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Dr. Pate’s Prescription for Change

St. Luke’s Health System’s Journey to Transform Health Care

St. Luke’s Dr. Pate shares blessings and says goodbye to the team

By Dr. David C. Pate, News and Community
January 28, 2020

Editor’s note: What follows is a letter St. Luke’s Health System President and CEO Dr. David Pate shared with employees of the organization on Jan. 24. Dr. Pate told the St. Luke’s team in November that he would be retiring at the end of January; his last day as head of the health system will be Friday, Jan. 31. At the time that Dr. Pate announced his retirement, long-time St. Luke’s executive and Chief Operating Officer Chris Roth was announced as his replacement.


I find myself feeling very sentimental as I write my last note to you today.

As I prepare to enter the next phase of my life, it is with tremendous gratitude that I thank each and every one of you for what you do for St. Luke’s, for our patients and for our community. You all are incredible people and professionals. It is amazing all that we have accomplished together.

I have often said that we must design the health system that we want for ourselves because the chances are overwhelming that one of us, our family members or someone else we care about will need care from us.

All five of my living grandchildren were born at St. Luke’s. Two of my granddaughters who did not survive to birth were cared for at St. Luke’s. Even in our despair over the loss of these two precious babies, we received amazing care – and amazing caring – from our staff, physicians and hospital chaplains.

My son-in-law received excellent emergency care at St. Luke’s McCall. My wife received wonderful care and attention at St. Luke’s Magic Valley. One of my grandsons got outstanding care at St. Luke’s Children’s. I had my knee replaced at St. Luke’s Meridian. More recently, my wife became a cancer survivor after treatment through what was then St. Luke’s Mountain States Tumor Institute, now St. Luke’s Cancer Institute.

So this has always been more than a job for me. It has been personal. I have also kept in mind, every day, that there are many other people’s children, grandchildren, spouses and loved ones that we are incredibly honored to care for throughout our health system.

This is why it is so important to me that we have become a national leader in quality. It is not the award or the recognition that comes with it. It is the fact that, because of our improvements, complications have been avoided and lives have been saved, perhaps the lives of our friends, family and neighbors.

We do incredibly important and meaningful work. Everyone contributes to that work and our ability to deliver this special care. Our building services, groundskeepers and environmental services team members help to ensure we have an appealing, clean and safe environment for our patients to recover in and their families to visit. Our food services personnel make a huge difference to patients during their recovery from surgery or illness, when proper nutrition is essential. Our registration colleagues make sure patients get checked in and directed to the correct location.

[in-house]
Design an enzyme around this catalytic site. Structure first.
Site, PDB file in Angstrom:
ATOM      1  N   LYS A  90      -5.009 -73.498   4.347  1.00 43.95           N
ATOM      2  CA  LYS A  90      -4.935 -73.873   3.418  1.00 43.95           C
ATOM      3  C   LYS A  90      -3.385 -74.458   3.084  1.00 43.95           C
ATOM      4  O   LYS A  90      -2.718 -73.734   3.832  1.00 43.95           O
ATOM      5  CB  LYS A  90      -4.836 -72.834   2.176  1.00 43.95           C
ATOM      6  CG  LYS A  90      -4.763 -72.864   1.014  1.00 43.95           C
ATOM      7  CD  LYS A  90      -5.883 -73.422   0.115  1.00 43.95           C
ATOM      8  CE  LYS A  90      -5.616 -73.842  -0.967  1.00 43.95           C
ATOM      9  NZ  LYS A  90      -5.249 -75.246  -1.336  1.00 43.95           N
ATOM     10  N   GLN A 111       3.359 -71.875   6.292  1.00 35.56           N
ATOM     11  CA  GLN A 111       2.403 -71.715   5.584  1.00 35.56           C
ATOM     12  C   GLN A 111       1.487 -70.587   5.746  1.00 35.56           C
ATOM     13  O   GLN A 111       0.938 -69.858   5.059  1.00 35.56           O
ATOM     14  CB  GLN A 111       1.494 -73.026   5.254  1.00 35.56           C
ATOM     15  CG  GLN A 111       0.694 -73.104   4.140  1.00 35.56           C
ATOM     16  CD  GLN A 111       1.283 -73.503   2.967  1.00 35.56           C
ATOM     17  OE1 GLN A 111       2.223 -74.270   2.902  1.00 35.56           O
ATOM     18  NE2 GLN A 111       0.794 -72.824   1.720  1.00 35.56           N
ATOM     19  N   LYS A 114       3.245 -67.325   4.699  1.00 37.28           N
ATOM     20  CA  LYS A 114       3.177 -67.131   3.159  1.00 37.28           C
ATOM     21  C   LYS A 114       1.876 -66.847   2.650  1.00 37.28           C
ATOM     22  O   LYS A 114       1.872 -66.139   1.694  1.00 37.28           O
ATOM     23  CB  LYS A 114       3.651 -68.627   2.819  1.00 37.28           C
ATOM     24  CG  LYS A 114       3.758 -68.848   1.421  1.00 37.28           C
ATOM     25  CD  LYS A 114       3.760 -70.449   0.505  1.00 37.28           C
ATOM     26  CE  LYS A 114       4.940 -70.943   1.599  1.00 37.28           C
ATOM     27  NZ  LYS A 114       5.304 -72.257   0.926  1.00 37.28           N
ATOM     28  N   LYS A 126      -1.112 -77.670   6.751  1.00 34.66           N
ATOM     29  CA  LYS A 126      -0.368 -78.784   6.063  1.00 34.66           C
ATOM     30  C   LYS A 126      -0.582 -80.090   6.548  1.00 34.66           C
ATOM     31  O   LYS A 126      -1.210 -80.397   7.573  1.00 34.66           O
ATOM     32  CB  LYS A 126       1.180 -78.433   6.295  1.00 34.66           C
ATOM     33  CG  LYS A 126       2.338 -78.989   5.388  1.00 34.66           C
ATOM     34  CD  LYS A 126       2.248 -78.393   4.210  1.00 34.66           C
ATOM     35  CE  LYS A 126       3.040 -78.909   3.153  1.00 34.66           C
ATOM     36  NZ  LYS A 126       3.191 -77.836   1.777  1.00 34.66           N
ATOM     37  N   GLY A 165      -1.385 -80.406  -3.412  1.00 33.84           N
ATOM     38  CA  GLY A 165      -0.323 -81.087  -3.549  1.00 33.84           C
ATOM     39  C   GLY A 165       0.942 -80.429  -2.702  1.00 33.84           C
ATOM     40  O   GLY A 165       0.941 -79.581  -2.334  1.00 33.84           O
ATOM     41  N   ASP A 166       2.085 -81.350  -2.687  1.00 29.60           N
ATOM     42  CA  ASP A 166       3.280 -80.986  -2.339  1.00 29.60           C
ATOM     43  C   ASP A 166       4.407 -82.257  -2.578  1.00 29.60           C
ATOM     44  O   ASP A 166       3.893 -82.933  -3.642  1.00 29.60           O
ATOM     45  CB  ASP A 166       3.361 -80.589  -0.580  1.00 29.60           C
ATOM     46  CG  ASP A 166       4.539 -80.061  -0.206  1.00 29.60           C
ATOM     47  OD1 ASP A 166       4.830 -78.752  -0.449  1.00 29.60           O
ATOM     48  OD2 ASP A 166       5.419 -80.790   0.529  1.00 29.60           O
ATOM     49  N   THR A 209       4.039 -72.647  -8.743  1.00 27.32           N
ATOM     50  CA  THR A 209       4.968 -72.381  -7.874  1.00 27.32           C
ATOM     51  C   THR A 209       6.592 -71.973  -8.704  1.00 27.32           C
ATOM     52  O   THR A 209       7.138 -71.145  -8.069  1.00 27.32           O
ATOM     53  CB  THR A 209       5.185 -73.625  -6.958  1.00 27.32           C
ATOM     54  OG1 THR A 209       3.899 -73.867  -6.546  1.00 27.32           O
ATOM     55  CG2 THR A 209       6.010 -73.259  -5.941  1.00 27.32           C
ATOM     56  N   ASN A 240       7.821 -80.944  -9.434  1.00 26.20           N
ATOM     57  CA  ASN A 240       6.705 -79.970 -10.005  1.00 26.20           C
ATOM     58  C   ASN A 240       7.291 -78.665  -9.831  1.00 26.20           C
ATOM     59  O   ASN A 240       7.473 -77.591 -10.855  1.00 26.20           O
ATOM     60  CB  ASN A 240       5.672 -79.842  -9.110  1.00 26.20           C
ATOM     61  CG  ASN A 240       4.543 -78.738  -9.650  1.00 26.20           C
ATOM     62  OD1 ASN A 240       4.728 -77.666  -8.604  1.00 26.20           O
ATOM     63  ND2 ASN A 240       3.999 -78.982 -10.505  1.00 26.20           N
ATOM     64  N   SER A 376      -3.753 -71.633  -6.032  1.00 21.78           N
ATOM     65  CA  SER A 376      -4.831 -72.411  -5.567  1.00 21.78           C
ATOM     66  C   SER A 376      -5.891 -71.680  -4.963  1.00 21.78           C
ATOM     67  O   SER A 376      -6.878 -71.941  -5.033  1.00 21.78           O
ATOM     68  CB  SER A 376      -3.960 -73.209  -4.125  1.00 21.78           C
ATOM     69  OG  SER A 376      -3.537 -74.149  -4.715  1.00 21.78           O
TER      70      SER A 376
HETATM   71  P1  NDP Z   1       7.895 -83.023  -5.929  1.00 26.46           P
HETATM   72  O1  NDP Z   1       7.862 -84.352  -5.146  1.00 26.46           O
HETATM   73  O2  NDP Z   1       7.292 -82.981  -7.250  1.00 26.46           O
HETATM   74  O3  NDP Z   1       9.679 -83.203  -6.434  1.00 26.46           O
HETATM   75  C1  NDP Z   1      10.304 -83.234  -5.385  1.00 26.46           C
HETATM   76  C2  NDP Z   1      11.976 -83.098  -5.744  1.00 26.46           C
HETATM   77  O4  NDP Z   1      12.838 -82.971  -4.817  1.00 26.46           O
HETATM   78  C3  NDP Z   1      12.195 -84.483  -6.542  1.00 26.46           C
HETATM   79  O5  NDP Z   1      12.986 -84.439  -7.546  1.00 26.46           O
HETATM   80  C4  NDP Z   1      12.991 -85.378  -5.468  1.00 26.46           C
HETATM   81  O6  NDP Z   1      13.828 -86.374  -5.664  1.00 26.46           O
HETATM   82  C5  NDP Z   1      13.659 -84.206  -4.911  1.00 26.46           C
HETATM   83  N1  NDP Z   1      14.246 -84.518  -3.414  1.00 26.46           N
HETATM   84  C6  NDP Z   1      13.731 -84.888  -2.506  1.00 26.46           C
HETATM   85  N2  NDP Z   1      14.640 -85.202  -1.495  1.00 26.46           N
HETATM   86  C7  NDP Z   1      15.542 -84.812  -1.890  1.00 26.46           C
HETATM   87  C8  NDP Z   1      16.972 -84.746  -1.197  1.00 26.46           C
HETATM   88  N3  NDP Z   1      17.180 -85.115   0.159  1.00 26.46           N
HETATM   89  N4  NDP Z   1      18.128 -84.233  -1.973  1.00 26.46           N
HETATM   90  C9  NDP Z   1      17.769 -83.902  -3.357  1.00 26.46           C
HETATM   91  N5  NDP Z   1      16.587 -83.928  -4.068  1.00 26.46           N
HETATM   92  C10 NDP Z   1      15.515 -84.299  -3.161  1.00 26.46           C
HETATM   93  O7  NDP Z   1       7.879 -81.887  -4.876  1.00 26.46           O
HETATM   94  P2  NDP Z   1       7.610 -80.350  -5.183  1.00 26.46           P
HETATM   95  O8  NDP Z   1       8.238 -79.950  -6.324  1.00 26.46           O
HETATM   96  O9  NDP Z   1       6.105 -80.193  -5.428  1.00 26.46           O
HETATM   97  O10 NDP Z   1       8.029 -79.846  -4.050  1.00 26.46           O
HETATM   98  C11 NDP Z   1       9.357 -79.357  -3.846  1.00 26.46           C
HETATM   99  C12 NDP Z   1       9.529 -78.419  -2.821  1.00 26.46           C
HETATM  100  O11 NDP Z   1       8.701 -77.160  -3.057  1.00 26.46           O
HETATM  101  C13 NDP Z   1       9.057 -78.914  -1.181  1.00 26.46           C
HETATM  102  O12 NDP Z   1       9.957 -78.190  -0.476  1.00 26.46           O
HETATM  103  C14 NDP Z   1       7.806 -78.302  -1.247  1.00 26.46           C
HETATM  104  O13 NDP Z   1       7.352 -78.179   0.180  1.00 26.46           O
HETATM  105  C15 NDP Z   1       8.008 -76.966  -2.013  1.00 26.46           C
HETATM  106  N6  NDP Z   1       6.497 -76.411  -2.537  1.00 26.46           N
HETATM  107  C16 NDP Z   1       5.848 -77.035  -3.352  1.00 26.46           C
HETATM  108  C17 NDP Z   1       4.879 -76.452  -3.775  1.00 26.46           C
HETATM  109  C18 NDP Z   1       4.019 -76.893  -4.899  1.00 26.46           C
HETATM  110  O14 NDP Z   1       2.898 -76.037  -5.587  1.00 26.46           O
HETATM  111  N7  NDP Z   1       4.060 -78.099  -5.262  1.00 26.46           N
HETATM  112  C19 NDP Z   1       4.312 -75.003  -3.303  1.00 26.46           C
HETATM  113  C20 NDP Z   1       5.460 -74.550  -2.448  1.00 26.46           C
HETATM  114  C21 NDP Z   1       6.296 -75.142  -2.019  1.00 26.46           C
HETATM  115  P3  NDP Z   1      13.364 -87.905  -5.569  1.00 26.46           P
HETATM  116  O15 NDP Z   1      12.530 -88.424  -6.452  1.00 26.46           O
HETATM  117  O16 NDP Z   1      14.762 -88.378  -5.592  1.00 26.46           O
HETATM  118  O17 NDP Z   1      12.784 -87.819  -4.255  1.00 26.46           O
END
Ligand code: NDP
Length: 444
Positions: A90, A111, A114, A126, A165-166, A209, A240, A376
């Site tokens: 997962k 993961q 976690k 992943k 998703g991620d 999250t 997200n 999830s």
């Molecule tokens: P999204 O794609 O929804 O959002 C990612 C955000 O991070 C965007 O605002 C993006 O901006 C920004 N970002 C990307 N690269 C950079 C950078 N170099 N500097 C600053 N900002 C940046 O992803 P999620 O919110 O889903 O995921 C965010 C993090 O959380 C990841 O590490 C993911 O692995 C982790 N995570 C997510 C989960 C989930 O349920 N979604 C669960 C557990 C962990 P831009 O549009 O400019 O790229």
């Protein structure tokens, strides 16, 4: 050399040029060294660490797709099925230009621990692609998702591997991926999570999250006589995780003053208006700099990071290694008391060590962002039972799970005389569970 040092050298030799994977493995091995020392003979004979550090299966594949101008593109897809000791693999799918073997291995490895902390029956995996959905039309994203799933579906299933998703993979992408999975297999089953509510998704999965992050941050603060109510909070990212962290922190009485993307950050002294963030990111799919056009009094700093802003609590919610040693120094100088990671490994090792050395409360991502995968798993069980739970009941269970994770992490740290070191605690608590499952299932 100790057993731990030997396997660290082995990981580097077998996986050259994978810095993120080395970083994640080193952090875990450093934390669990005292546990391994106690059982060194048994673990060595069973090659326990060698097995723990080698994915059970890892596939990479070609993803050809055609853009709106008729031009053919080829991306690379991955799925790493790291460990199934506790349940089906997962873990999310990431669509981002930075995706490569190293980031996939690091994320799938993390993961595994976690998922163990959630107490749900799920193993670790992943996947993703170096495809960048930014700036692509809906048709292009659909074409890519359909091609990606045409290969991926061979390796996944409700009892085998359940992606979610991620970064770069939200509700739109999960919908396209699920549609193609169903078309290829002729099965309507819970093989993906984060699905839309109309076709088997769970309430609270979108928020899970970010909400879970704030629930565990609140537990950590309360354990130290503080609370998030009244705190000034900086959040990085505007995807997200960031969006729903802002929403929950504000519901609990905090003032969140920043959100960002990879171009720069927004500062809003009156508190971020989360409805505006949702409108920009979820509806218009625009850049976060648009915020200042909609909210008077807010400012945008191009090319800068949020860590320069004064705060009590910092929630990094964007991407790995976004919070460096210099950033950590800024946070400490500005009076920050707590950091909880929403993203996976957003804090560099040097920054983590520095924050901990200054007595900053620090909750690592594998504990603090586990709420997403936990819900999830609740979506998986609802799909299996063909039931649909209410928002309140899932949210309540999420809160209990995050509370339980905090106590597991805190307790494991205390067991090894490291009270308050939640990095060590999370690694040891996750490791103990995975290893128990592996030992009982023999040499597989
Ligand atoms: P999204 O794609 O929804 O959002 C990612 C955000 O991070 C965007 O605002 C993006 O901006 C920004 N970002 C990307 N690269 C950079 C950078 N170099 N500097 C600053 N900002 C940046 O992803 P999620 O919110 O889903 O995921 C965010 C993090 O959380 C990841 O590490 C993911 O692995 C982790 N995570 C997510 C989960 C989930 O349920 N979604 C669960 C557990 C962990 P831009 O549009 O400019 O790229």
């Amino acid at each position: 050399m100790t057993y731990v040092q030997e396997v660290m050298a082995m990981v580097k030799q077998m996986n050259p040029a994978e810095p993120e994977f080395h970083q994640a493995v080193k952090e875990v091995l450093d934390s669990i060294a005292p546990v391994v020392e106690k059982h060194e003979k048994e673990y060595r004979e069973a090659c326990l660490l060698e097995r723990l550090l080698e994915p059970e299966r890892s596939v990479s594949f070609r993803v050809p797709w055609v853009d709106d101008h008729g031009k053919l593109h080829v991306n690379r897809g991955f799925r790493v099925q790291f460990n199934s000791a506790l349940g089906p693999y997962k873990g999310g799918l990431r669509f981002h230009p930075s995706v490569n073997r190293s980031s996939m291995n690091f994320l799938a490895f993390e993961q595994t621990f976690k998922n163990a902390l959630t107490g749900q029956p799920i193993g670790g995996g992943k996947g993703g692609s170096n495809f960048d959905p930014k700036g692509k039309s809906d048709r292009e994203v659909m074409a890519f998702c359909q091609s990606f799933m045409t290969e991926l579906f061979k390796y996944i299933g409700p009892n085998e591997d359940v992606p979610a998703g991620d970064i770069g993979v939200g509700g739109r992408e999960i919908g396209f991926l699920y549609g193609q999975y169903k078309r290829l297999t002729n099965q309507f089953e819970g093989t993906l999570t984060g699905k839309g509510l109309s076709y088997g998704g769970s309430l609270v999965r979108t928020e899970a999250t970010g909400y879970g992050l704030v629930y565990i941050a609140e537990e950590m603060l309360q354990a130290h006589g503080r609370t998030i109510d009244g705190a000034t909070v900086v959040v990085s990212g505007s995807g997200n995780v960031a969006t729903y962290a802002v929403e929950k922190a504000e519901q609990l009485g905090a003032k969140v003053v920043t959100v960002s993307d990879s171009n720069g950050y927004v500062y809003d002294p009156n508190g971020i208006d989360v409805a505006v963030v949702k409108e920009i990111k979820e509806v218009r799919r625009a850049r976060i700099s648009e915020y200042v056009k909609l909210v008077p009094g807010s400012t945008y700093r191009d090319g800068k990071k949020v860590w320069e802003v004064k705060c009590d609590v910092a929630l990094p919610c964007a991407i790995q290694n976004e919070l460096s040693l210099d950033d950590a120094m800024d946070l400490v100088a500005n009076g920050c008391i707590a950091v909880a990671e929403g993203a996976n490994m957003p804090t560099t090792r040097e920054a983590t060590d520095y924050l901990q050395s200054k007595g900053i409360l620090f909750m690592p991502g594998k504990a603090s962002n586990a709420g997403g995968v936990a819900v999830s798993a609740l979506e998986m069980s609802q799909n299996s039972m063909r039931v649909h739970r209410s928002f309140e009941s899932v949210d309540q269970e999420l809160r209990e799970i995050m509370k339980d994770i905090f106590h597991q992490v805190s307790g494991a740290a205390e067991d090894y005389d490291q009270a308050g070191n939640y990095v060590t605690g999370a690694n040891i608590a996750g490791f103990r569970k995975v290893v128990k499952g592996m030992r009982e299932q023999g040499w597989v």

I could go on and on. No matter what your role at St. Luke’s, you contribute to the great care and caring we provide to our communities, and I appreciate you.

I’d like to leave you with these thoughts and requests.

  • It is a great privilege for us to do work that impacts so many people’s lives. Keep in mind that while a task may be routine or you may feel rushed, this may be the biggest thing in the life of the patient or family member that you are interacting with. Always find time to care and be compassionate.
  • Never settle. Complacency is our enemy. No matter how good we are, we must always strive to get better and achieve excellence.
  • Support each other and lift each other up. As we come to work every day, some of us are dealing with challenges, disappointments and struggles. This is hard work. It is demanding work, and it can take a lot out of us. Recognize each other for good work. Support each other through life’s challenges. Care for one another so that we can care for our patients.
  • Finally, pray for Chris. Over the years, I have felt and greatly appreciated the many prayers you have offered on my behalf. No one knows the magnitude of the pressures and challenges of this role until they are in it. Chris will be faced with those pressures and challenges. Pray for wisdom.

It has been a tremendous privilege and honor for me to lead St. Luke’s for these past 10 years. I will cherish the memories, I will miss you all very much and I will always be proud of you. I will be on the sidelines cheering your future success and all the great things you will be doing to make health care even better in each of our communities.

God bless each of you.


About The Author

David C. Pate, M.D., J.D., is president and CEO of St. Luke's Health System, based in Boise, Idaho. Dr. Pate joined the System in 2009. He received his medical degree from Baylor College of Medicine in Houston and his law degree from the University of Houston Law Center.